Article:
They are the same thing functionally, it's how it's done that makes the difference.
A reboot is actually powering down the computer, waiting 5-10 secs and then powering back on, thereby clearing everything out of the ram and starting all your processes back up. This is also known as a hard restart or a "not graceful" shutdown.
A restart on the other hand is initiated by windows, and conducts a graceful (or soft) shutdown where windows wirtes all information stored in the ram to the hard drive, sends stop commands to all of its processes and once everything is finished it cuts its own power and reboots right away.
The main difference is that with a soft shutdown, your information integrity is almost guaranteed. With a hard restart, your computer may have been in the middle of thinking about something and you could have possibly caused corruption of your drive etc. In a home system, this isn't too much of an issue, but on something like an exchange server if you do a hard restart you just corrupted your exchange databases (or any database running on that server really).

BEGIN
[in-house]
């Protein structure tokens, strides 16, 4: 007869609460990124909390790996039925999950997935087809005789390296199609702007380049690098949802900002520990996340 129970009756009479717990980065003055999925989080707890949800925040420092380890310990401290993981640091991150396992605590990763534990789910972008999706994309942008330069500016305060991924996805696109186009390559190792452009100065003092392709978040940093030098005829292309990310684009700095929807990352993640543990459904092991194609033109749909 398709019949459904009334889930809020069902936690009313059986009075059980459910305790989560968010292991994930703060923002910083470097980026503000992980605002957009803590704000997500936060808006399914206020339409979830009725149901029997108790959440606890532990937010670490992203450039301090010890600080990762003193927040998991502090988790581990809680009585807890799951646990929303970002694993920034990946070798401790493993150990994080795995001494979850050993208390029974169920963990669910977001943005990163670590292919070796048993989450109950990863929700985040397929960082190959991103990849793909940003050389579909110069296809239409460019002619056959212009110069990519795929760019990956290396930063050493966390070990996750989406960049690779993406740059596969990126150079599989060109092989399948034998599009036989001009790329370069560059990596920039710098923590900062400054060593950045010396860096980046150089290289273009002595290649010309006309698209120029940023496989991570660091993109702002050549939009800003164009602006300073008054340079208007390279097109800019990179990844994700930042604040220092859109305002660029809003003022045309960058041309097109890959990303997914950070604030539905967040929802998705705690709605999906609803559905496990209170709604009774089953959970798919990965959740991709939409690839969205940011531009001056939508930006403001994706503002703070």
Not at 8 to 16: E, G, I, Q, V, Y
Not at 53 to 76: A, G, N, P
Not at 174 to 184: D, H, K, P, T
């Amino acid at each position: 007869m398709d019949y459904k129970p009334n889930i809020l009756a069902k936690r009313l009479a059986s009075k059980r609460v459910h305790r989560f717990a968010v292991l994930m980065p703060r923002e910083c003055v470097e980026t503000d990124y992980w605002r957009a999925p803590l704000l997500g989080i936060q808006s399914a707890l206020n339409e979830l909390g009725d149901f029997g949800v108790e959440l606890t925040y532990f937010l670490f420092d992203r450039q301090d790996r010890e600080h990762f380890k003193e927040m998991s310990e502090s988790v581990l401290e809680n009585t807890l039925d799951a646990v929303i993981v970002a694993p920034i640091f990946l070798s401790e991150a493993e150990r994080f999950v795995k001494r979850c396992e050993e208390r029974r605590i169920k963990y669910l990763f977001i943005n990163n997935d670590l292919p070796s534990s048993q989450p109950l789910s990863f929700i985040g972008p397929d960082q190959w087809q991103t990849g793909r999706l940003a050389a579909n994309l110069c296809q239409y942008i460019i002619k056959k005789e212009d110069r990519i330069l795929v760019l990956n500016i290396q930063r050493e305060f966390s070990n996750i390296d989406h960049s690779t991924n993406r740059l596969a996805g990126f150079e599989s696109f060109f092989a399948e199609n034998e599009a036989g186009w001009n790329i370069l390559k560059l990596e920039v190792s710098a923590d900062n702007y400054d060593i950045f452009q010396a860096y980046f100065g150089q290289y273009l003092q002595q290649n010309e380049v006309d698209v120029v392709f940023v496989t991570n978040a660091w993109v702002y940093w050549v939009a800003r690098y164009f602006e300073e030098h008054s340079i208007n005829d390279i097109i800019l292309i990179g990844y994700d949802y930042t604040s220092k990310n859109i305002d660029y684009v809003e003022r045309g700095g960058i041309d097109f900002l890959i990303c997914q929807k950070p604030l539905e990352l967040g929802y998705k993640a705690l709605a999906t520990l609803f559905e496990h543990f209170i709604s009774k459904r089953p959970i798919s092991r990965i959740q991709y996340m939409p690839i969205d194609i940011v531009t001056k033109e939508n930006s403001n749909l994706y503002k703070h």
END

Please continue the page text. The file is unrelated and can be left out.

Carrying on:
I've seen older winNT boxes take almost an hour to commit all the transaction logs into the information store and stop the exchange services before you could even think about touching the power button without information loss.......but that's another story I guess......
If I\'m curt with you, it\'s because time is a factor. I think fast. I talk fast. And, I need you guys to act fast if you wanna get out of this. So, pretty please with sugar on top, clean the fu**ing car- Winston Wolf, Pulp Fiction